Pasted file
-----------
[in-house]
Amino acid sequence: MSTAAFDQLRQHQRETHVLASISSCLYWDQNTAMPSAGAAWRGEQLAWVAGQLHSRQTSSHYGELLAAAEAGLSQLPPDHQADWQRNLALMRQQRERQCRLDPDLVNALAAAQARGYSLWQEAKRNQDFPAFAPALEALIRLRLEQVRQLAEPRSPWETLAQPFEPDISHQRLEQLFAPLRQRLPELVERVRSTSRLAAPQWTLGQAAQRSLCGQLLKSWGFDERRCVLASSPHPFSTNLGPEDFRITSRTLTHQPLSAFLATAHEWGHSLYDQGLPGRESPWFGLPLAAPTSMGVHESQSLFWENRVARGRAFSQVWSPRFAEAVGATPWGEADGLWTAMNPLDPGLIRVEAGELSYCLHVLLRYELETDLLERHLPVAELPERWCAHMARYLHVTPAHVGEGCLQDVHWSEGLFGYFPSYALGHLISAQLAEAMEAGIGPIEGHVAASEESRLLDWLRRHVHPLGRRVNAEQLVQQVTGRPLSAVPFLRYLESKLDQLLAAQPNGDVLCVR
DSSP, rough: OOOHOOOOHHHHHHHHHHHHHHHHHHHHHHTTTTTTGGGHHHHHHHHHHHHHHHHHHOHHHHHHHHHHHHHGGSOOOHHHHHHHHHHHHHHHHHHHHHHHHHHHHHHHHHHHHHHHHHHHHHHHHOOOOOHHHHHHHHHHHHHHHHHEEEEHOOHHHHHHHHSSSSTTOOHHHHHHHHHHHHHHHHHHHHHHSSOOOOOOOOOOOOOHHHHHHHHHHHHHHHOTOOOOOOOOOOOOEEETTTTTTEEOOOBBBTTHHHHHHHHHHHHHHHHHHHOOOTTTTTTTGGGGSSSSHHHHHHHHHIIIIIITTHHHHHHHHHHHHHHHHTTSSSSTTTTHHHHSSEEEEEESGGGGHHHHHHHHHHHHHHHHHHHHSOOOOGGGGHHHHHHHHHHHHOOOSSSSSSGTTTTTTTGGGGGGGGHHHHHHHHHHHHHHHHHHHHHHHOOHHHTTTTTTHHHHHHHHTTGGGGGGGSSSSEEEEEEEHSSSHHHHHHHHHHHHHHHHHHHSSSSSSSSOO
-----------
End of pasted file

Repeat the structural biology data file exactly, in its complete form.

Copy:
[in-house]
Amino acid sequence: MSTAAFDQLRQHQRETHVLASISSCLYWDQNTAMPSAGAAWRGEQLAWVAGQLHSRQTSSHYGELLAAAEAGLSQLPPDHQADWQRNLALMRQQRERQCRLDPDLVNALAAAQARGYSLWQEAKRNQDFPAFAPALEALIRLRLEQVRQLAEPRSPWETLAQPFEPDISHQRLEQLFAPLRQRLPELVERVRSTSRLAAPQWTLGQAAQRSLCGQLLKSWGFDERRCVLASSPHPFSTNLGPEDFRITSRTLTHQPLSAFLATAHEWGHSLYDQGLPGRESPWFGLPLAAPTSMGVHESQSLFWENRVARGRAFSQVWSPRFAEAVGATPWGEADGLWTAMNPLDPGLIRVEAGELSYCLHVLLRYELETDLLERHLPVAELPERWCAHMARYLHVTPAHVGEGCLQDVHWSEGLFGYFPSYALGHLISAQLAEAMEAGIGPIEGHVAASEESRLLDWLRRHVHPLGRRVNAEQLVQQVTGRPLSAVPFLRYLESKLDQLLAAQPNGDVLCVR
DSSP, rough: OOOHOOOOHHHHHHHHHHHHHHHHHHHHHHTTTTTTGGGHHHHHHHHHHHHHHHHHHOHHHHHHHHHHHHHGGSOOOHHHHHHHHHHHHHHHHHHHHHHHHHHHHHHHHHHHHHHHHHHHHHHHHOOOOOHHHHHHHHHHHHHHHHHEEEEHOOHHHHHHHHSSSSTTOOHHHHHHHHHHHHHHHHHHHHHHSSOOOOOOOOOOOOOHHHHHHHHHHHHHHHOTOOOOOOOOOOOOEEETTTTTTEEOOOBBBTTHHHHHHHHHHHHHHHHHHHOOOTTTTTTTGGGGSSSSHHHHHHHHHIIIIIITTHHHHHHHHHHHHHHHHTTSSSSTTTTHHHHSSEEEEEESGGGGHHHHHHHHHHHHHHHHHHHHSOOOOGGGGHHHHHHHHHHHHOOOSSSSSSGTTTTTTTGGGGGGGGHHHHHHHHHHHHHHHHHHHHHHHOOHHHTTTTTTHHHHHHHHTTGGGGGGGSSSSEEEEEEEHSSSHHHHHHHHHHHHHHHHHHHSSSSSSSSOO